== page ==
Furthermore, does anyone have any idea if I should expect the accountant to have to fill in more than one form 8621 for a pension scheme such as I have described in my original post?

 

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I'm very curious where this quest for information ended up. I believe I am in a very similar situation. Did you decide on an approach or find someone who could help for a fee that you could recommend? 

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@skillfulpartridge  @tallison @PandaMunich et al.

 

I am sorry that I am more than 2 years late in responding to the OP's question.

 

Unfortunately, the OP has apparently gotten a lot of confusing and possibly wrong information.

 

The first problem is figuring out the true nature of what the OP imprecisely describes as a "fondsgebundene Rente".

 

Based on the OP's description what he - probably - actually has is a "fondsgebundene Kapitallebensversicherung" which may at some distant future time eventually pay him a Rente provided he doesn't cancel it in the meantime.

 

In US tax parlance a "fondsgebundene Kapitallebensversicherung" is best translated as a "unit-linked endowment life insurance policy":  you pump the premium in, a portion of the premium goes to cover risk life insurance on the policy holder's life and the balance gets put into "units", i.e. some sort of mutual fund either owned and operated by the insurer or some other fund sponsor.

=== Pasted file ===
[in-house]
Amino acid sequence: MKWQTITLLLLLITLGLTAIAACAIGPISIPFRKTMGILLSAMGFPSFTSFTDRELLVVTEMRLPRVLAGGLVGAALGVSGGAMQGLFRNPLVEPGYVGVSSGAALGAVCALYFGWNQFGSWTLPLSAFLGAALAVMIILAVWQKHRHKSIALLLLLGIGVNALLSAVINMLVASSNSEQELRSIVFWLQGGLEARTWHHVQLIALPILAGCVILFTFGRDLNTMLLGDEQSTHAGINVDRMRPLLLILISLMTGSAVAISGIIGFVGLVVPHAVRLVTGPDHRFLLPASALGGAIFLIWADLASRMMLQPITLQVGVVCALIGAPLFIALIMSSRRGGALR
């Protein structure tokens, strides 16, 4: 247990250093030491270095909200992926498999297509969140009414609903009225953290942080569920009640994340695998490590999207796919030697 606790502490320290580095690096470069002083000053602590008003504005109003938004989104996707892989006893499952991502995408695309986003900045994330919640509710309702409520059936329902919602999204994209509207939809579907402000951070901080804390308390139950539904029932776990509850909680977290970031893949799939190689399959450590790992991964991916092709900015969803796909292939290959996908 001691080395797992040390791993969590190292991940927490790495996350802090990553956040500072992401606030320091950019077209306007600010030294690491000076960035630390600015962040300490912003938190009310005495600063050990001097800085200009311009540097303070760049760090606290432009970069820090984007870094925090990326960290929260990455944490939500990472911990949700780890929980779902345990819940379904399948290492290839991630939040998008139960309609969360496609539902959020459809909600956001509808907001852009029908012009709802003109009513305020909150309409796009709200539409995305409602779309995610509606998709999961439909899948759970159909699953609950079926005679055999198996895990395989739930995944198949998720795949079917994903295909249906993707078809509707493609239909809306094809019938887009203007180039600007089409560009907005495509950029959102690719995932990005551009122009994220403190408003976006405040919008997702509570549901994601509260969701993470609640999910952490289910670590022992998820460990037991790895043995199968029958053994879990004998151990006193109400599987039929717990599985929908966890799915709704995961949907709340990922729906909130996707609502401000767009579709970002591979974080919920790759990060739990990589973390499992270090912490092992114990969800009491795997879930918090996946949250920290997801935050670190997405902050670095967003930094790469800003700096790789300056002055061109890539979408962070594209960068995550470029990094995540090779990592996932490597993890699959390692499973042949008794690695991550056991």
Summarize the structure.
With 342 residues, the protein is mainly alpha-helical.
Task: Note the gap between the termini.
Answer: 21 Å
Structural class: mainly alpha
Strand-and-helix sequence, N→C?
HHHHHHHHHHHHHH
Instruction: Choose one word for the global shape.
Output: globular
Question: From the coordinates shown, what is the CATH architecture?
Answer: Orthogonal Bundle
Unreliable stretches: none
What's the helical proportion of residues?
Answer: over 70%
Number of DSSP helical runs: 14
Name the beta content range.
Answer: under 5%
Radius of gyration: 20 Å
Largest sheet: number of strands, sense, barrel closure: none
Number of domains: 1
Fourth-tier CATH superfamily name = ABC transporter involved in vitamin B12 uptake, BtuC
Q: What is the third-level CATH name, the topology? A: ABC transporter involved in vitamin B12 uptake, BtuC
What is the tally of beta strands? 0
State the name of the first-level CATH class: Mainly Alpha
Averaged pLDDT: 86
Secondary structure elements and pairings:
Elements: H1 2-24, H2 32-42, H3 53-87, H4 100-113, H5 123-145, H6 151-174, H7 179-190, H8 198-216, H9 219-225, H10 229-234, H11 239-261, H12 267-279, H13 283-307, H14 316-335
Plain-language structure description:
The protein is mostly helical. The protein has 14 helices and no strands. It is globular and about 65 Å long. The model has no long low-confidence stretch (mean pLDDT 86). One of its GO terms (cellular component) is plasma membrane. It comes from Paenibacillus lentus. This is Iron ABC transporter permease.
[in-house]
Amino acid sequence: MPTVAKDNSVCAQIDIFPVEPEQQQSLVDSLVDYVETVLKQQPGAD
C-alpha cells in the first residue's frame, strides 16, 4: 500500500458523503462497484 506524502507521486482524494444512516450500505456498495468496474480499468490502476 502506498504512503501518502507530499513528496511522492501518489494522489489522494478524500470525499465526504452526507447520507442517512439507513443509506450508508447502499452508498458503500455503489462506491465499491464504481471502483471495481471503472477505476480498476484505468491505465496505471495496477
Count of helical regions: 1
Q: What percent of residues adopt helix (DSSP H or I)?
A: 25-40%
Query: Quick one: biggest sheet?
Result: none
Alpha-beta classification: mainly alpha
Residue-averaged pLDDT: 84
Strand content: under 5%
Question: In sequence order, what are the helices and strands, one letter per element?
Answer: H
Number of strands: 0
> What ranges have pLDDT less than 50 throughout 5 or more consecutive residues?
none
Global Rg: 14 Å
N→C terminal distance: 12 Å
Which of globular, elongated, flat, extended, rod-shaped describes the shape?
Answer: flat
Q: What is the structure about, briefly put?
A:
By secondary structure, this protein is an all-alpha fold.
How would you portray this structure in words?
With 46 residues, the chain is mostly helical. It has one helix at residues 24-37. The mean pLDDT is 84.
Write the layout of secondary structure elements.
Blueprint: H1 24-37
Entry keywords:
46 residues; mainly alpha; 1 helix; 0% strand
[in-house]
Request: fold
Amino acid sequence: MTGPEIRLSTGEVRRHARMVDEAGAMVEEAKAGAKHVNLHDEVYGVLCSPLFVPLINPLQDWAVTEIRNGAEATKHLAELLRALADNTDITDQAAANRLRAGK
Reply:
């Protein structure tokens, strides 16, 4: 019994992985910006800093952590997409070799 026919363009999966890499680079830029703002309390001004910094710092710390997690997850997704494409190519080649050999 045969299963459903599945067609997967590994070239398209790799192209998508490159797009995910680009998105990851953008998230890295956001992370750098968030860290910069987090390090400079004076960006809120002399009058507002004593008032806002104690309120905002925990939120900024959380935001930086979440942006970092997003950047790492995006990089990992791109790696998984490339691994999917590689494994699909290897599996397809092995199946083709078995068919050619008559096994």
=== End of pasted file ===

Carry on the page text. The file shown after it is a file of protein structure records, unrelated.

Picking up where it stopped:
The OP stated that this policy has nothing to do with his employment.  In other words, the premiums will not enjoy IRA treatment under US tax law.  Moreover, because it is not employment related, the plan will/should not be characterized as a "pension" plan thus taking it out of the scope of application of Article 18A of the German-US tax treaty.

 

In short, it is nothing more or less than a private endowment life insurance policy/contract which - viewed from the US tax point of view - will eventually result either in a life insurance death benefit if the OP dies before maturity or taxable distributions on maturity whether taken as a lump sum or as an "annuity".  

 

NB:  It is important to distinguish between a "pension" and an "annuity".  The former is paid "on account of past employment" and the latter is nothing more than investment income.  Pensions typically get favorable tax treatment and annuities not so much.

 

It is not a trust.

 

The life insurance contract is not a trust arrangement.  Moreover, it is with a German company.  German law does not recognize trusts so there is no question that there is no requirement to file a Form 3520 reporting a trust. They simply don't exist in Germany.

 

It is not a PFIC.

 

I am 99.99999% certain the OP's policy as he describes it gives him no ownership interest of any kind in any of the "funds" or "units" that the insurer has purchased with his investment.  The policy may give him some flexibility in determining which fund or unit will be bought but he will have no direct or even indirect ownership in or control over any such fund that would trigger the PFIC ownership rules.  No form 8621.

 

It is, however, a FBAR reportable "account".

 

The FBAR is another story.  Under the FBAR rules the policy is treated as an "account".  Simple to report.  At the end of every policy or calendar year, the OP should receive a statement from the insurer reporting on the cash surrender value of the policy.  Compare that number with the year-earlier number and - after converting to USD - plug that number in the appropriate hole on FINCEN 114 (AKA FBAR).

 

It is also a "specified foreign asset" for purposes of the FATCA reporting requirement using Form 8938.